Question
I have found it extremely difficult to deal with a colleague at work who seems to suffer from an offensive breath. I initially thought that it was possibly just that they forgot to brush their teeth or had morning breath – but no, it got worse. It’s so pungent, yet she seems oblivious of the fact. All the fellow employees chat about it and make snide remarks regularly and offer chewing gum regularly.

It really smells rotten and I sometimes wonder if she doesn’t have a tooth abscess. I am aware that you can get offensive breath from not eating anything. Doc, is this curable and what could be the cause ?

Answer
Your concern for your colleague is warranted as this could have a big impact on her social and work life. It sounds by what you describe that she has classic HALITOSIS . It is the third most frequent reason for seeking dental aid, following tooth decay and periodontal disease. This is a foul smelling breath – prominent on exhalation and mostly offensive to others. Bad breath (halitosis) can be caused by a variety of things including diet, medication, poor oral hygiene, and diseases or conditions such as diabetes, GERD( reflux disease) , lactose intolerance, gum disease, and more. Treatment for bad breath depends on the cause.
Bad breath usually originates in the mouth. The intensity of bad breath might differ during the day. Certain foods can exarcebate the problem – many foodstuffs are well known with pungent odours like garlic, onions, fish, meat and cheese. Some common symptoms of bad breath include: bad smell, bad taste, dry mouth, and a sometimes coating on the tongue. Lifestyle issues that contribute to the condition are obesity, smoking and alcohol consumption.
Morning breath occurs when the oral cavity is exposed to less oxygen and is inactive during the night, the smell is usually worse upon awakening. Often, offensive breath is transient and self limiting – most cases respond to brushing one’s tongue and teeth, flossing and rinsing with specialized mouthwash. Persistent bad breath affects up to 25% of the population in varying degrees.

What can I do about bad breath?

Halitosis – Hit it Hard
1. Gently cleaning the tongue surface
2. Eating a healthy breakfast
3. Chewing gum
4. Gargling
5. Maintaining proper oral hygiene – flossing and tongue brushing
6. Probiotic treatments

When should I consult a physician for halitosis ?

If you have a persistent dry mouth with lesions or sores you should see a doctor for evaluation. Pain during chewing or swallowing should also be investigated. On self inspection if white spots are visualized on the tonsils along with fever, you might need urgent intervention. People that develop bad breath after starting on new medication recently as well as follow up complications of dental surgery should be monitored. Remember that halitosis in babies or young children can point to infection like tonsillitis and sinusitis.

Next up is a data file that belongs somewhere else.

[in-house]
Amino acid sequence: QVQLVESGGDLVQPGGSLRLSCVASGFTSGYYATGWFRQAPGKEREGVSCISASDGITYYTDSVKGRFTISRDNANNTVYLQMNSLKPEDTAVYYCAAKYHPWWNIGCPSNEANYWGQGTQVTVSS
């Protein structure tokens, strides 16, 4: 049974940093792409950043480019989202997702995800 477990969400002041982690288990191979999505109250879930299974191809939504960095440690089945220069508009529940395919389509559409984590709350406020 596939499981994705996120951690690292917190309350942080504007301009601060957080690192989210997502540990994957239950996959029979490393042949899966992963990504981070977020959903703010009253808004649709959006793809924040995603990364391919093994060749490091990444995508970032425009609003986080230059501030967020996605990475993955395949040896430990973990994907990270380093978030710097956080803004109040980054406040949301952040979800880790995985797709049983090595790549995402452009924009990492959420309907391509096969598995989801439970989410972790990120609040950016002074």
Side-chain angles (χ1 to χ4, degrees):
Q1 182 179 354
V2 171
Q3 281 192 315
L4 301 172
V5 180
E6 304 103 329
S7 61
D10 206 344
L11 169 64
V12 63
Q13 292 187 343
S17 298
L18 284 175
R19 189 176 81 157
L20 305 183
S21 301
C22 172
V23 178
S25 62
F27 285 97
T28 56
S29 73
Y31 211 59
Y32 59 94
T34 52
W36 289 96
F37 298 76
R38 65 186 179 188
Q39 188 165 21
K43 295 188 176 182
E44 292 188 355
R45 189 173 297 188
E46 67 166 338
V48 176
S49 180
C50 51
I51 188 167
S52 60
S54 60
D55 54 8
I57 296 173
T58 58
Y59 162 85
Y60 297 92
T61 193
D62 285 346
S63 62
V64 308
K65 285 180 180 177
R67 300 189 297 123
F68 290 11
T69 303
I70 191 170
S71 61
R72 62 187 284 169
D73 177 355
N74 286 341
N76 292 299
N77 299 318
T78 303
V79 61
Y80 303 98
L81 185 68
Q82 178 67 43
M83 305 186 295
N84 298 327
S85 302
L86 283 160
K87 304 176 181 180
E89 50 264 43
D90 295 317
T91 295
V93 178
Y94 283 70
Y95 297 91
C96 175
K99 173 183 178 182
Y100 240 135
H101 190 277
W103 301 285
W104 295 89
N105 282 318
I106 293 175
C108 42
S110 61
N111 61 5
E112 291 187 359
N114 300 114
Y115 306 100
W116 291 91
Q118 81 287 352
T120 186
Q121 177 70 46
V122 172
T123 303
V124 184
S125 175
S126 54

Natural ways to combat bad breath :

  • Parsley is renowned to help as a breath fresheners containing chlorophyll, a green plant compound that kills bacteria that cause odor. Nibble on a sprig or chew some leaves after eating foods that may cause sour breath.
  • Tea tree oil on your toothbrush along with your toothpaste or put some in your un-waxed dental floss container to coat all the dental floss.
  • Create a mouthwash from equal parts of extracts of sage, calendula, and myrrh and gargle four times daily with the mixture. Keep the mouthwash in a tightly sealed jar.
  • Chewing unripe guava or guava leaves is an excellent tonic for the teeth and gums. Guava is rich in tannic, malic, oxalic, and phosphoric acids as well as calcium, oxalate, and manganese.
  • Cardamon seeds or fenugreek seeds can both help sweeten your breath. Both may either be chewed or made into teas.
  • Avocado is another effective remedy for bad breath. It helps eliminate intestinal putrefaction which can lead to bad breath.

Obsession with bad breath:
Halitophobia (delusion halitosis) may severely affect the lives of some 0.5–1.0% of the adult population. Occurs in up to 25% of the patients seeking professional advice on bad breath. These patients are sure that they have bad breath, although many have not asked anyone for an objective opinion.

Dealing with Halitosis (bad breath)

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